ESPN's Highs and Lows in Ethics and Entertainment

Illustrations by MCKIBILLO

ESPN’s original logo

Visions of Victory

Throughout the 1980s, anchor Chris Berman offered topnotch analysis—with flair: before his iconic turban, his head floated in a crystal ball.

‘Best-Written Show on TV’

Early on, SportsCenter became a breakout hit, bringing attitude, clever wordplay, and humor—as well as Dan Patrick and Keith Olbermann—to the drab world of sports commentary.

The Deuce

ESPN 2 was launched in 1993 to attract fans of niche sports: snowboarding, strength competitions, even poker.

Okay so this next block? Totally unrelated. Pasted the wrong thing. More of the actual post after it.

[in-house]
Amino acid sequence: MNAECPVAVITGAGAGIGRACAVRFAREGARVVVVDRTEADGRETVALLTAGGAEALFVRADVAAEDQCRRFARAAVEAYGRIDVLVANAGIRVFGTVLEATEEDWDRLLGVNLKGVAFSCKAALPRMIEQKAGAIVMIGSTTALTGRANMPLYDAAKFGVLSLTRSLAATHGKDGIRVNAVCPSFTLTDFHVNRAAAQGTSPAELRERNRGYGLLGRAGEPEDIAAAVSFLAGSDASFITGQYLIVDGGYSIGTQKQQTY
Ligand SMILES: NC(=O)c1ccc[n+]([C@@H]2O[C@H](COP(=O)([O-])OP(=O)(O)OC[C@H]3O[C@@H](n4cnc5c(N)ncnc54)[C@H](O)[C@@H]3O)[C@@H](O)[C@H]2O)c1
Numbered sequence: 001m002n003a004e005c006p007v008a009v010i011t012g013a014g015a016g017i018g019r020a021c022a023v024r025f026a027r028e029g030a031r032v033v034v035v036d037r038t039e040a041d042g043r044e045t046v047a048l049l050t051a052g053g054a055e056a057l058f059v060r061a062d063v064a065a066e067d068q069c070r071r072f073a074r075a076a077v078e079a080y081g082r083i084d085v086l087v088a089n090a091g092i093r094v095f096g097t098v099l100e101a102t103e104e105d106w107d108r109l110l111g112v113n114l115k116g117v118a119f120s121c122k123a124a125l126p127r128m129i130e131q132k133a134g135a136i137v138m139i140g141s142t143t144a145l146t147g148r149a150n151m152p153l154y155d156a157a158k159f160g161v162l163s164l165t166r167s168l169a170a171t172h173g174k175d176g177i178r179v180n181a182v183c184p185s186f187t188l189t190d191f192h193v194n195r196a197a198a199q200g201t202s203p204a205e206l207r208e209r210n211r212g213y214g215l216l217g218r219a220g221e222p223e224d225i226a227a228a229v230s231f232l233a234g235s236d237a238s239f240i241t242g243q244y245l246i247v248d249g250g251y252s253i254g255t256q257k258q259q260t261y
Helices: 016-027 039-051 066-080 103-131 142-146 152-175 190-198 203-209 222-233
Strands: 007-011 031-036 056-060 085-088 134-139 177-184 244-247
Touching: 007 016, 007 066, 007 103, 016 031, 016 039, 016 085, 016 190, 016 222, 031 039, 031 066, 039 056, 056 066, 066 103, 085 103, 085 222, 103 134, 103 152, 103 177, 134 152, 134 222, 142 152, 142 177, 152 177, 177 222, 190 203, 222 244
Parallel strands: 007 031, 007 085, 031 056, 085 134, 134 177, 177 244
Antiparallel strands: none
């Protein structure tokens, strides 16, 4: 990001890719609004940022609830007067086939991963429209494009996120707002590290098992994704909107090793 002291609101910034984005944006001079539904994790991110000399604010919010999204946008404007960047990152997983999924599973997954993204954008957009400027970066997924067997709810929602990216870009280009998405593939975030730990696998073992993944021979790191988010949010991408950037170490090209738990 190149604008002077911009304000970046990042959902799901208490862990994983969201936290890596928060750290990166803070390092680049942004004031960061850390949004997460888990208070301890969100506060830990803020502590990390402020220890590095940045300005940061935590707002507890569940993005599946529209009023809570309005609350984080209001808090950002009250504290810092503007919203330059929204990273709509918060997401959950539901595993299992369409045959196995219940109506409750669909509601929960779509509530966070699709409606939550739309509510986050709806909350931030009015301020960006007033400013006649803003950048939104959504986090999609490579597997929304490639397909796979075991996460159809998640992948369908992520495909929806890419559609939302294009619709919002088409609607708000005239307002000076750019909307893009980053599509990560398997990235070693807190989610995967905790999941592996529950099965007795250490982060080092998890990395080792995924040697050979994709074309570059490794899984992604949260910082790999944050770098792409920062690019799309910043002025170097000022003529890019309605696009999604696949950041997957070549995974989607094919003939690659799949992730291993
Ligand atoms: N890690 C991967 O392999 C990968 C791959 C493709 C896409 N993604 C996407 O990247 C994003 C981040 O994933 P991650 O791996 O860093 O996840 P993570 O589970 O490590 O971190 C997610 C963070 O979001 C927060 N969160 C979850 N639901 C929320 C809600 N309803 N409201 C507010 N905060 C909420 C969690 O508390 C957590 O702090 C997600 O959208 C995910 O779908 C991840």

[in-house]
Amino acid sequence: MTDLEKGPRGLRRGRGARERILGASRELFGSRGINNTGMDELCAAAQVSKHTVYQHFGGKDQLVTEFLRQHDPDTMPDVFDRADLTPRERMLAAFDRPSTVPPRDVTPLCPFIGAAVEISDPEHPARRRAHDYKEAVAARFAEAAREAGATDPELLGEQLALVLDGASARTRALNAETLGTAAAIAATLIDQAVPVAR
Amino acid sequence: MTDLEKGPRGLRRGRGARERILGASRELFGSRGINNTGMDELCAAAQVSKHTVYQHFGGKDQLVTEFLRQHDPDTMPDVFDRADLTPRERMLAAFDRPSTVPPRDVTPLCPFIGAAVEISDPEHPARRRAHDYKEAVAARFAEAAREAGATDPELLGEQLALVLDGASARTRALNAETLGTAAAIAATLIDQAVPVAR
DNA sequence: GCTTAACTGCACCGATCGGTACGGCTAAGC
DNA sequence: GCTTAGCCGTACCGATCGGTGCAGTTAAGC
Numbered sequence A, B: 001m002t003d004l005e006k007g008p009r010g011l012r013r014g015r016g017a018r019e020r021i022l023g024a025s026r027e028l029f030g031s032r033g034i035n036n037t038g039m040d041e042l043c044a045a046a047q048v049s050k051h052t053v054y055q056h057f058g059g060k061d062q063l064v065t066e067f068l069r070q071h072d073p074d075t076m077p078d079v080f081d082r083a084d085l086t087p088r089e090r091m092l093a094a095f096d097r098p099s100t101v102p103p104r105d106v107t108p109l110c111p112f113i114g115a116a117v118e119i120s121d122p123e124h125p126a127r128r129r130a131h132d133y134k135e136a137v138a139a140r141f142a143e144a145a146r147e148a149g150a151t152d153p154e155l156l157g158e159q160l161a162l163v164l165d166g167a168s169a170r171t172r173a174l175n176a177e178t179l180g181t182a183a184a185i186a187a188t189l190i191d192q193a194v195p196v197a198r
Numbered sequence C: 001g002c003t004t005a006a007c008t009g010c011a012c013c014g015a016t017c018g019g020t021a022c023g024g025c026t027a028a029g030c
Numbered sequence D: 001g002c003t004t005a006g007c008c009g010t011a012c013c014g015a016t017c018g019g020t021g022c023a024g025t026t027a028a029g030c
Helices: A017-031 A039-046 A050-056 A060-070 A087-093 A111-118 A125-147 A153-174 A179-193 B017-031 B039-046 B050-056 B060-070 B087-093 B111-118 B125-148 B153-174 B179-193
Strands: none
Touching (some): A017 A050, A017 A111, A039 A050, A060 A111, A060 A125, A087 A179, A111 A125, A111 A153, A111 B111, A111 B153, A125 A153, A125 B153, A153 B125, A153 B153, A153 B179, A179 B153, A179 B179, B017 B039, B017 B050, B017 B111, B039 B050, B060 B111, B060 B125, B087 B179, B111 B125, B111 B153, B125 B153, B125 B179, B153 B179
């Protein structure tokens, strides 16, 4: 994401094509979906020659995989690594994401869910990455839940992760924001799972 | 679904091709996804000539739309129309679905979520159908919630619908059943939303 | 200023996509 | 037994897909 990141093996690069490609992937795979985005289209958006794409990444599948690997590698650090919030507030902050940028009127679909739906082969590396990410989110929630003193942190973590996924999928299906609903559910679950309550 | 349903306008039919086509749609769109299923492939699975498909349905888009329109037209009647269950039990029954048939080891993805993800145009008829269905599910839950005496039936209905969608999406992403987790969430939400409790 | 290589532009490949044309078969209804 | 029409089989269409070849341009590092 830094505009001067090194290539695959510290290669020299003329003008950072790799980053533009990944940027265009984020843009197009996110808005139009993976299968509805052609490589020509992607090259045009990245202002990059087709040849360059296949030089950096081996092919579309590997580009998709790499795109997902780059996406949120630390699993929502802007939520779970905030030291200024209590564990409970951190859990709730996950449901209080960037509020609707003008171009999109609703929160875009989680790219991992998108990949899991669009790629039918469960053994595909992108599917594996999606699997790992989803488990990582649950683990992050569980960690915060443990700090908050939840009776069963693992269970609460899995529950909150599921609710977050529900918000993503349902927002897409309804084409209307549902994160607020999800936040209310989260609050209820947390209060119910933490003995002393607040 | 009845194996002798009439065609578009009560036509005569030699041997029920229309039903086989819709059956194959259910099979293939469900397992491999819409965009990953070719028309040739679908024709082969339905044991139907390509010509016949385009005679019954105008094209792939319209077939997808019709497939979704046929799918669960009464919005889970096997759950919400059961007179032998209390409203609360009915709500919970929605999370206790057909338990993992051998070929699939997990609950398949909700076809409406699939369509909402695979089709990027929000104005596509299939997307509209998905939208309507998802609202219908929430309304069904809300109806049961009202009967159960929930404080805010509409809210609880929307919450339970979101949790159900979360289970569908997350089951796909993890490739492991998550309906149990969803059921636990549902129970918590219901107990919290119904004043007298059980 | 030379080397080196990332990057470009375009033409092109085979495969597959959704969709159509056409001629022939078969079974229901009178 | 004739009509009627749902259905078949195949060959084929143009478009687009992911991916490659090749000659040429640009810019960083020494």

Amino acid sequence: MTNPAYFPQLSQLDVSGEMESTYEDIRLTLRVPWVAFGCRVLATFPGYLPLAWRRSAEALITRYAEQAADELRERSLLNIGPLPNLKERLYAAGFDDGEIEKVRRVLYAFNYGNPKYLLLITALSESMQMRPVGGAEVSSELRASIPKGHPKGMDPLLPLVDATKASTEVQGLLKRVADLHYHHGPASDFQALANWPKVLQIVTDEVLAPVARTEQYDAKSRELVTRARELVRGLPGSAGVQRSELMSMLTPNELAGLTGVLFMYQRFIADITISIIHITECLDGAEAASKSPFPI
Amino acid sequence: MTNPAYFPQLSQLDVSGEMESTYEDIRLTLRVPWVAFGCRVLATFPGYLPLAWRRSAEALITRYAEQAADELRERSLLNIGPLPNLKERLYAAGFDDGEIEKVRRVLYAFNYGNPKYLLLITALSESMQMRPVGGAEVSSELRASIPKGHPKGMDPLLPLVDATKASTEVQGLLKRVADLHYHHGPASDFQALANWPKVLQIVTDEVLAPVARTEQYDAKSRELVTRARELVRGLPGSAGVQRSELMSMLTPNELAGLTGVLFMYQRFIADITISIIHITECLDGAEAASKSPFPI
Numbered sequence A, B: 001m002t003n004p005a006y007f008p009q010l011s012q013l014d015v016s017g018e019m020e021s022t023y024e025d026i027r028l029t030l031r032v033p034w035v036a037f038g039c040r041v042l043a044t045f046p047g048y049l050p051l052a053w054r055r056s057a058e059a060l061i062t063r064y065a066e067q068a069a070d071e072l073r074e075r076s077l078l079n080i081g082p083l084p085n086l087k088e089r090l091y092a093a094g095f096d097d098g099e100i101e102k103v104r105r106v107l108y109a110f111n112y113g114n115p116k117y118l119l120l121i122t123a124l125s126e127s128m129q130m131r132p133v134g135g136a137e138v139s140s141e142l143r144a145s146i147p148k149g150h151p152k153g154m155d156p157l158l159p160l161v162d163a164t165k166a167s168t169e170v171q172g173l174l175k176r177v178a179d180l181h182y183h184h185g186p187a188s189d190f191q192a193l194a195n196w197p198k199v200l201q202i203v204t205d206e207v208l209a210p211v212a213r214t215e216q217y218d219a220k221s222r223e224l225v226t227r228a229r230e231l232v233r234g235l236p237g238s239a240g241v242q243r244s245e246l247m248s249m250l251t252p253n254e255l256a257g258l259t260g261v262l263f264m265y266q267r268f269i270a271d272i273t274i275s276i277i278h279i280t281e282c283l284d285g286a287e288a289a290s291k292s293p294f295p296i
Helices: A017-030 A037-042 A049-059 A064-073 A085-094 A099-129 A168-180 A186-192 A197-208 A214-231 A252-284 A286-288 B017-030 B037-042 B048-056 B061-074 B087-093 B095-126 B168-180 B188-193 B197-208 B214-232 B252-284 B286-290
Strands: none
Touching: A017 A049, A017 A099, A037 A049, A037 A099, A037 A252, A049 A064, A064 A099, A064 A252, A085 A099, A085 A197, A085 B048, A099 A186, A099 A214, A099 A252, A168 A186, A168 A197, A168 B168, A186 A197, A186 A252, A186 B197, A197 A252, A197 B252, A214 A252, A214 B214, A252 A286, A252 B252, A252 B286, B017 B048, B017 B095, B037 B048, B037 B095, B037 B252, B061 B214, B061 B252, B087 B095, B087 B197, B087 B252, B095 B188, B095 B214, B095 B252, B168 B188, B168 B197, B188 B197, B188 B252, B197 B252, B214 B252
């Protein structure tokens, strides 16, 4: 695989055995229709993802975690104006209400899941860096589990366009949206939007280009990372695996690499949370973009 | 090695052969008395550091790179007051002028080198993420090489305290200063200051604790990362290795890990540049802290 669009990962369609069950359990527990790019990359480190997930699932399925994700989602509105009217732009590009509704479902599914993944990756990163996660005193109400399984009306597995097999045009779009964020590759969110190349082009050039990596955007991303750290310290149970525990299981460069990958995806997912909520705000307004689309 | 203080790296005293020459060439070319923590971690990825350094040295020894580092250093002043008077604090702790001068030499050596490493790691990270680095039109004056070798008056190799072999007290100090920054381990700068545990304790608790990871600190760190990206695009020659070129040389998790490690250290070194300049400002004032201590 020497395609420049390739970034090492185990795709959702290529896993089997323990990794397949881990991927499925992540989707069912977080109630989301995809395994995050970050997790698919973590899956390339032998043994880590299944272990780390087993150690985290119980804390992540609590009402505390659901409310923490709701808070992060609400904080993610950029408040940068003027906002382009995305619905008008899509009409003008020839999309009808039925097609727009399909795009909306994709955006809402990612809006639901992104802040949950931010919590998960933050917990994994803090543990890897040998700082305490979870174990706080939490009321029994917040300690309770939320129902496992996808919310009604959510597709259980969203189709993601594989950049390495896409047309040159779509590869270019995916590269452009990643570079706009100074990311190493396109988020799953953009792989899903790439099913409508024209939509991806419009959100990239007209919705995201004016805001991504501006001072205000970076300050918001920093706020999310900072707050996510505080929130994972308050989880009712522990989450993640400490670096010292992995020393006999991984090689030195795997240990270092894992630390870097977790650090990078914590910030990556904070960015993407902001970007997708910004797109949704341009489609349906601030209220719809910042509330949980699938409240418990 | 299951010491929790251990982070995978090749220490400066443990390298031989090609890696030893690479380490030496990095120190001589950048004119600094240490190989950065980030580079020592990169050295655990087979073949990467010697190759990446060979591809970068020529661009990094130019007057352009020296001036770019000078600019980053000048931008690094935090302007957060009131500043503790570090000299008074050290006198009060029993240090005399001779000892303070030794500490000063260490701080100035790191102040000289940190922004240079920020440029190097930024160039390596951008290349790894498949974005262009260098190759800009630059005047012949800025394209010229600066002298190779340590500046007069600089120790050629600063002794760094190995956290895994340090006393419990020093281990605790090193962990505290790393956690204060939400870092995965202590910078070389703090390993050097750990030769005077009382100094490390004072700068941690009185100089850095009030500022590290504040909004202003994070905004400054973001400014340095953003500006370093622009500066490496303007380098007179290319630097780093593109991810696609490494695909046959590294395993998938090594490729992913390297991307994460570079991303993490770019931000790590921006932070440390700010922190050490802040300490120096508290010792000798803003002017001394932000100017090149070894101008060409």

Best Bet

The network’s coverage of Pete Rose’s gambling showed it could compete with the major TV stations and newspapers in terms of serious newsgathering.

‘This Is SportsCenter’

The popular ad campaign depicted Bristol as a sports mecca where athletes and mascots (in uniform) mixed freely with anchors.

Winning Emmys

Outside the Lines, launched in 2002, is still earning kudos for its investigations.

Flag on the Play

Playmakers—the network’s first fictional drama, which aired in 2003—angered the NFL. It was quickly canceled.

Throwing Punches

The Crossfire of sports, Pardon the Interruption features screaming matches.

Ball Hog

The Decision handed NBA star LeBron James editorial control of the announcement of his new contract. Fans everywhere booed.

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